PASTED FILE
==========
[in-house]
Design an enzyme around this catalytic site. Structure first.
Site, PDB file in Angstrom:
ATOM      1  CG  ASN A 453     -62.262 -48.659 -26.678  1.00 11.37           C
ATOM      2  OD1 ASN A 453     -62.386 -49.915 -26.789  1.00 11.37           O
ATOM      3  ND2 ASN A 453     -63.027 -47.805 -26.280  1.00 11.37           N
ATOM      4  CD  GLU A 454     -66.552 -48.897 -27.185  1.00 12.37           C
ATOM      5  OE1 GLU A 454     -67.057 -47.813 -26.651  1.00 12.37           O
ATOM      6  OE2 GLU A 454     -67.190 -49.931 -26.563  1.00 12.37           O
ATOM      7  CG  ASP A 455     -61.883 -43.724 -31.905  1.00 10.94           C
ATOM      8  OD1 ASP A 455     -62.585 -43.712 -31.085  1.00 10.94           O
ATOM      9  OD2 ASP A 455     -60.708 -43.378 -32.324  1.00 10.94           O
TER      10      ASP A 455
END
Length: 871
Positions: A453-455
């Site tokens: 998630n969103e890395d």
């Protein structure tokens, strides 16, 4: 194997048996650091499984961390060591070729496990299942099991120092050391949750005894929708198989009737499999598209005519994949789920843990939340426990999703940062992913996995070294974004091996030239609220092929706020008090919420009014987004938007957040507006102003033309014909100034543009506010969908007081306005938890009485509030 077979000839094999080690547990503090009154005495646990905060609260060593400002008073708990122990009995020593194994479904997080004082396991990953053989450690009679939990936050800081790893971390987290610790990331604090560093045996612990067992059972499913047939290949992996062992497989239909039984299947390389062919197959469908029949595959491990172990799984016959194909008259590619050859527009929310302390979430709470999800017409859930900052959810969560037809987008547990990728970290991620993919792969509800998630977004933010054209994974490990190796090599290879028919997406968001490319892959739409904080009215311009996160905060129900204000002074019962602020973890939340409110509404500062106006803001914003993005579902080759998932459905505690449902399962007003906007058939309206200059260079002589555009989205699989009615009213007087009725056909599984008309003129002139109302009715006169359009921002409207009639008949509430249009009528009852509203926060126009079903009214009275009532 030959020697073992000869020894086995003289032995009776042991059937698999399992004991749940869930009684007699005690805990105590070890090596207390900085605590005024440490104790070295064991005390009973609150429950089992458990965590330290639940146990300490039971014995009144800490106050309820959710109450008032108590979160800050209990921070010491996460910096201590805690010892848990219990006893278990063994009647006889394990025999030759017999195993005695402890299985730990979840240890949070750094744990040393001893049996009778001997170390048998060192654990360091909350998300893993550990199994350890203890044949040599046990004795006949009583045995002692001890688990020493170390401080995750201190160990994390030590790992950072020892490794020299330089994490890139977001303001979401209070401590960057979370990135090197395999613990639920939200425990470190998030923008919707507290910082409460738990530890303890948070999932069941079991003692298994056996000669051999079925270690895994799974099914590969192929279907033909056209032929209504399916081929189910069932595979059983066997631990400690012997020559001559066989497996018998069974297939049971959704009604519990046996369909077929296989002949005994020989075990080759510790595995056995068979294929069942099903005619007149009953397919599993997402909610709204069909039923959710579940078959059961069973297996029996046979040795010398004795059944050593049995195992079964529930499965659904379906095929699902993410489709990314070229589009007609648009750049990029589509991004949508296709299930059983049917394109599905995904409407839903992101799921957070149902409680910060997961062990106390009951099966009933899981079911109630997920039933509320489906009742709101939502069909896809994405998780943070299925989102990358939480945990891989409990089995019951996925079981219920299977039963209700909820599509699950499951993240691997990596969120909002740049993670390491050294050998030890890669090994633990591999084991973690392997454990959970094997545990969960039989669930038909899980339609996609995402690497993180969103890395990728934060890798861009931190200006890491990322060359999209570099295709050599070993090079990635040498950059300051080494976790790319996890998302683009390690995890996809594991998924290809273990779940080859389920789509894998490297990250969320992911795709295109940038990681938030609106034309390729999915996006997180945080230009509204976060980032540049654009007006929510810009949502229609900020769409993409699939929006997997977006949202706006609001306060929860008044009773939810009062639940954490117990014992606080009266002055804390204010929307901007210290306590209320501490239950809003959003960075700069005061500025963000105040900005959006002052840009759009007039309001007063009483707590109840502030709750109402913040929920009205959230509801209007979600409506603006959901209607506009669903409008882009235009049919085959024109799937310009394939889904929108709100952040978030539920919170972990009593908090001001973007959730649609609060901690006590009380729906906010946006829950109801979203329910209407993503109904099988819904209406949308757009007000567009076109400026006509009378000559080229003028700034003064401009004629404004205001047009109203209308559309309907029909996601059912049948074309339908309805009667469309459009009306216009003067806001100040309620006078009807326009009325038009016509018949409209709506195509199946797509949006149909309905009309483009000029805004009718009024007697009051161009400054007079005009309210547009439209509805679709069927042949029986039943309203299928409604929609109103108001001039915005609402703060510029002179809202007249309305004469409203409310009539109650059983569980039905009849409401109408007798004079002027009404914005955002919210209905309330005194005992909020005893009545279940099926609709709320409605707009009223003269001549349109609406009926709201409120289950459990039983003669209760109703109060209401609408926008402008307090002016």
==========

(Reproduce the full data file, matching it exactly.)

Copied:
[in-house]
Design an enzyme around this catalytic site. Structure first.
Site, PDB file in Angstrom:
ATOM      1  CG  ASN A 453     -62.262 -48.659 -26.678  1.00 11.37           C
ATOM      2  OD1 ASN A 453     -62.386 -49.915 -26.789  1.00 11.37           O
ATOM      3  ND2 ASN A 453     -63.027 -47.805 -26.280  1.00 11.37           N
ATOM      4  CD  GLU A 454     -66.552 -48.897 -27.185  1.00 12.37           C
ATOM      5  OE1 GLU A 454     -67.057 -47.813 -26.651  1.00 12.37           O
ATOM      6  OE2 GLU A 454     -67.190 -49.931 -26.563  1.00 12.37           O
ATOM      7  CG  ASP A 455     -61.883 -43.724 -31.905  1.00 10.94           C
ATOM      8  OD1 ASP A 455     -62.585 -43.712 -31.085  1.00 10.94           O
ATOM      9  OD2 ASP A 455     -60.708 -43.378 -32.324  1.00 10.94           O
TER      10      ASP A 455
END
Length: 871
Positions: A453-455
């Site tokens: 998630n969103e890395d």
């Protein structure tokens, strides 16, 4: 194997048996650091499984961390060591070729496990299942099991120092050391949750005894929708198989009737499999598209005519994949789920843990939340426990999703940062992913996995070294974004091996030239609220092929706020008090919420009014987004938007957040507006102003033309014909100034543009506010969908007081306005938890009485509030 077979000839094999080690547990503090009154005495646990905060609260060593400002008073708990122990009995020593194994479904997080004082396991990953053989450690009679939990936050800081790893971390987290610790990331604090560093045996612990067992059972499913047939290949992996062992497989239909039984299947390389062919197959469908029949595959491990172990799984016959194909008259590619050859527009929310302390979430709470999800017409859930900052959810969560037809987008547990990728970290991620993919792969509800998630977004933010054209994974490990190796090599290879028919997406968001490319892959739409904080009215311009996160905060129900204000002074019962602020973890939340409110509404500062106006803001914003993005579902080759998932459905505690449902399962007003906007058939309206200059260079002589555009989205699989009615009213007087009725056909599984008309003129002139109302009715006169359009921002409207009639008949509430249009009528009852509203926060126009079903009214009275009532 030959020697073992000869020894086995003289032995009776042991059937698999399992004991749940869930009684007699005690805990105590070890090596207390900085605590005024440490104790070295064991005390009973609150429950089992458990965590330290639940146990300490039971014995009144800490106050309820959710109450008032108590979160800050209990921070010491996460910096201590805690010892848990219990006893278990063994009647006889394990025999030759017999195993005695402890299985730990979840240890949070750094744990040393001893049996009778001997170390048998060192654990360091909350998300893993550990199994350890203890044949040599046990004795006949009583045995002692001890688990020493170390401080995750201190160990994390030590790992950072020892490794020299330089994490890139977001303001979401209070401590960057979370990135090197395999613990639920939200425990470190998030923008919707507290910082409460738990530890303890948070999932069941079991003692298994056996000669051999079925270690895994799974099914590969192929279907033909056209032929209504399916081929189910069932595979059983066997631990400690012997020559001559066989497996018998069974297939049971959704009604519990046996369909077929296989002949005994020989075990080759510790595995056995068979294929069942099903005619007149009953397919599993997402909610709204069909039923959710579940078959059961069973297996029996046979040795010398004795059944050593049995195992079964529930499965659904379906095929699902993410489709990314070229589009007609648009750049990029589509991004949508296709299930059983049917394109599905995904409407839903992101799921957070149902409680910060997961062990106390009951099966009933899981079911109630997920039933509320489906009742709101939502069909896809994405998780943070299925989102990358939480945990891989409990089995019951996925079981219920299977039963209700909820599509699950499951993240691997990596969120909002740049993670390491050294050998030890890669090994633990591999084991973690392997454990959970094997545990969960039989669930038909899980339609996609995402690497993180969103890395990728934060890798861009931190200006890491990322060359999209570099295709050599070993090079990635040498950059300051080494976790790319996890998302683009390690995890996809594991998924290809273990779940080859389920789509894998490297990250969320992911795709295109940038990681938030609106034309390729999915996006997180945080230009509204976060980032540049654009007006929510810009949502229609900020769409993409699939929006997997977006949202706006609001306060929860008044009773939810009062639940954490117990014992606080009266002055804390204010929307901007210290306590209320501490239950809003959003960075700069005061500025963000105040900005959006002052840009759009007039309001007063009483707590109840502030709750109402913040929920009205959230509801209007979600409506603006959901209607506009669903409008882009235009049919085959024109799937310009394939889904929108709100952040978030539920919170972990009593908090001001973007959730649609609060901690006590009380729906906010946006829950109801979203329910209407993503109904099988819904209406949308757009007000567009076109400026006509009378000559080229003028700034003064401009004629404004205001047009109203209308559309309907029909996601059912049948074309339908309805009667469309459009009306216009003067806001100040309620006078009807326009009325038009016509018949409209709506195509199946797509949006149909309905009309483009000029805004009718009024007697009051161009400054007079005009309210547009439209509805679709069927042949029986039943309203299928409604929609109103108001001039915005609402703060510029002179809202007249309305004469409203409310009539109650059983569980039905009849409401109408007798004079002027009404914005955002919210209905309330005194005992909020005893009545279940099926609709709320409605707009009223003269001549349109609406009926709201409120289950459990039983003669209760109703109060209401609408926008402008307090002016």